Nightly Brief

Your Thursday night briefing from the staff of Courthouse News

Top CNS stories for today including lawmakers and protesters converging at the headquarters of the Federal Communications Commission where the Republican-controlled body voted 3-2 to kill net-neutrality rules; environmentalists were dealt a setback in a battle to ensure that pipelines have proper response plans for a catastrophic oil spill; the Senate on Thursday confirmed its second judge to the 5th Circuit in as many days; California urged a federal judge to block the federal government from cutting off its access to criminal justice grants in retaliation for its becoming a “sanctuary state”; a new study that suggests air pollution may be to blame for increased teenage delinquency, and more.

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Lindsay Chestnut of Baltimore protests near the Federal Communications Commission (FCC), in Washington, Thursday, Dec. 14, 2017. (AP Photo/Carolyn Kaster)

1.) In National news, lawmakers and protesters converged Thursday at the headquarters of the Federal Communications Commission where the Republican-controlled body voted 3-2 to kill net-neutrality rules, overturning protections that bar internet service providers from creating fast and slow lanes online.

The Mackinac Bridge between Michigan and Canada.

2.) Environmentalists were dealt a setback Tuesday in a battle to ensure that pipelines have proper response plans for a catastrophic oil spill, when a federal judge ruled that the National Wildlife Federation lacks standing to challenge the U.S. Department of Transportation’s approval process.

James Ho cleared the Senate on a 53-43 vote on Thursday afternoon and will now join Judge Don Willett, whom the Senate confirmed yesterday, on the New Orleans-based 5th Circuit handling appeals from Louisiana, Mississippi and Texas.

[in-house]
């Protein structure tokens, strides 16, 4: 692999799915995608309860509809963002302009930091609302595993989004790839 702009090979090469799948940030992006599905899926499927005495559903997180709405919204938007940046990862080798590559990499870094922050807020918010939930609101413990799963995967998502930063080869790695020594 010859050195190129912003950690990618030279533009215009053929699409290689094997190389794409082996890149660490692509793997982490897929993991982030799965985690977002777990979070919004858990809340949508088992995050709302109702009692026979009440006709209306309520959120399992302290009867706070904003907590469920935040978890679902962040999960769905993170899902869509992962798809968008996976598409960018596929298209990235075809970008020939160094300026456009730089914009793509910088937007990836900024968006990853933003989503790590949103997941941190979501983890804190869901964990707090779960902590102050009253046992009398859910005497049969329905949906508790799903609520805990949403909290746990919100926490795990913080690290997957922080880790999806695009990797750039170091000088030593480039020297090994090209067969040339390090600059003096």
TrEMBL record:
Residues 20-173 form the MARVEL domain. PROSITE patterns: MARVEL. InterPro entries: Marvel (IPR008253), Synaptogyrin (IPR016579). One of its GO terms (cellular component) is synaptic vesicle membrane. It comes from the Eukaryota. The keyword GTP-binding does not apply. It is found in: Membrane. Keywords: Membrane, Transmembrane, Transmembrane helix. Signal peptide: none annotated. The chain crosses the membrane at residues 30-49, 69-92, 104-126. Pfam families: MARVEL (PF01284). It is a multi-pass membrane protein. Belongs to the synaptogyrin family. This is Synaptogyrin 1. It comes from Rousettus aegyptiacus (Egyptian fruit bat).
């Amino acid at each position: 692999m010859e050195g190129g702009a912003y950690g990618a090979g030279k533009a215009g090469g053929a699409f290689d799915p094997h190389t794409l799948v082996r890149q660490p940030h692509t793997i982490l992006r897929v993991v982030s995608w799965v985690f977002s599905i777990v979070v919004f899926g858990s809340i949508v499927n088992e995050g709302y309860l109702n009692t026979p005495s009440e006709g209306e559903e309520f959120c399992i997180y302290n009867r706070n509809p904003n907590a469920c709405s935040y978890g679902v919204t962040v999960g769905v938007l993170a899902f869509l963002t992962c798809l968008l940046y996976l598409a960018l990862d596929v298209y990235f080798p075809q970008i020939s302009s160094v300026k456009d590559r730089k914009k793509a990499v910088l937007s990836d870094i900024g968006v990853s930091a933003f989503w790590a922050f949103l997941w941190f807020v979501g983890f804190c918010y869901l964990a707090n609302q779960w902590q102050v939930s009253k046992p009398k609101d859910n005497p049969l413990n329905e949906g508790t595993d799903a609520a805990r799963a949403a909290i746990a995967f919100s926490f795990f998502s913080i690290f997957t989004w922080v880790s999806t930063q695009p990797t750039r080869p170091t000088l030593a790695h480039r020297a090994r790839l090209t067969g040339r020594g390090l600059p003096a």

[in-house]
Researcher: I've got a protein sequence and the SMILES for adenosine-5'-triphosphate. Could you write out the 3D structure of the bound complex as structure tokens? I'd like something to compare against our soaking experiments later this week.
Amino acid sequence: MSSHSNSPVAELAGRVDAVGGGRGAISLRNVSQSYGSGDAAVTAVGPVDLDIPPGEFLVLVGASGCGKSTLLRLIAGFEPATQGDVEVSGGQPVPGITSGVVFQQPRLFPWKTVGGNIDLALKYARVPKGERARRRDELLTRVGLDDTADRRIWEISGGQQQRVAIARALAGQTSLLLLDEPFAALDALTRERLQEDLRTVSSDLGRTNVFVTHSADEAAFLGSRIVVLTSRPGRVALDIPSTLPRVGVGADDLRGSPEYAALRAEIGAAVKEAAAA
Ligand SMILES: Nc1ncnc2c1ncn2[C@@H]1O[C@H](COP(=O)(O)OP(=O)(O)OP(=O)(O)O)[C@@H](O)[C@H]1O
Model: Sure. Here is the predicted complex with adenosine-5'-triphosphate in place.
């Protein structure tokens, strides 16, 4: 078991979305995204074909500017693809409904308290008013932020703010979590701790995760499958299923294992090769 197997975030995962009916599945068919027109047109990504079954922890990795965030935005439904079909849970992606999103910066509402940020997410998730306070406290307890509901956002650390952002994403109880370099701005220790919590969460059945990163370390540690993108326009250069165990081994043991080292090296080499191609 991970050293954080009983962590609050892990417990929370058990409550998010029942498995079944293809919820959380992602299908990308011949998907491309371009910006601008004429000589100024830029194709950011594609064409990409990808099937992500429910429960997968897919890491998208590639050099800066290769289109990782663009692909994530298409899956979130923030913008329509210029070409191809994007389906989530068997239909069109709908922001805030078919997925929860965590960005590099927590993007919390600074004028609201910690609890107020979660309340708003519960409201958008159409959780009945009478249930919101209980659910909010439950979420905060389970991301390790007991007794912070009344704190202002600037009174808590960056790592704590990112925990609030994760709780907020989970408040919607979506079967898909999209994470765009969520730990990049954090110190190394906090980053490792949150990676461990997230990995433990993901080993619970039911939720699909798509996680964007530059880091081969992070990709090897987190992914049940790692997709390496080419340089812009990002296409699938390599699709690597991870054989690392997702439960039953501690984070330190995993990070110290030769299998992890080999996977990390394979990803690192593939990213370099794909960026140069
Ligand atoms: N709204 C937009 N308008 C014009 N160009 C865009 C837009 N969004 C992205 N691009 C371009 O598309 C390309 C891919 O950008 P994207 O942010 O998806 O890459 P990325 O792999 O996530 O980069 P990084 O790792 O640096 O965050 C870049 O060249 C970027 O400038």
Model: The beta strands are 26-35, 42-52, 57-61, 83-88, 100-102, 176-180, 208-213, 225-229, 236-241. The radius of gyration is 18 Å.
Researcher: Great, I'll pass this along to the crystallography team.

3.) The Senate on Thursday confirmed its second judge to the 5th Circuit in as many days, giving President Donald Trump his 12th appointment to a federal appellate court.

President Donald Trump signs an executive order in the Rose Garden of the of the White House in Washington, Thursday, May 4, 2017, asking the IRS to use “maximum enforcement discretion” over the regulation, known as Johnson Amendment, which applies to churches and nonprofits (AP Photo/Evan Vucci)

4.) The Freedom From Religion Foundation on Wednesday voluntarily dismissed a lawsuit challenging an executive order signed by President Donald Trump that targeted an IRS rule saying religious organizations and other nonprofits that endorse political candidates risk losing their tax-exempt status.

5.) A binational committee continues to work on delisting another population of grizzly bears despite of an appeals court ruling that threatens to stall the process.

North Carolina State Legislative Office Building.

6.) In Regional news, North Carolina Democrats filed a lawsuit against their Republican colleagues on the state legislature in a bid to restore primary primary elections for statewide and local judgeships that had been scheduled for the spring.

Protesters hold up signs outside a courthouse where a judge was to hear arguments in the first lawsuit challenging President Donald Trump’s executive order to withhold funding from communities that limit cooperation with immigration authorities in San Francisco.(AP Photo/Haven Daley, File)

7.) California on Wednesday urged a federal judge to block the federal government from cutting off its access to criminal justice grants in retaliation for its becoming a “sanctuary state.”

A passenger airliner flies past steam and white smoke emitted from a coal-fired plant.(AP Photo/Andy Wong, File)
8.) From the world of Science comes a new study that suggests tiny, toxic particles in the air that creep into developing brains and cause inflammation that damage the pathways responsible for emotion and decisions may be to blame for increased teenage delinquency.
Marlboro, one of the most well-known cigarette brands.

9.) New research shows that some teens exposed to graphic anti-smoking posters may actually be encouraged to pick up the habit.

The Italian parliament in joint session.
10.) In International news, North Carolina Democrats filed a lawsuit against their Republican colleagues on the state legislature in a bid to restore primary primary elections for statewide and local judgeships that had been scheduled for the spring.
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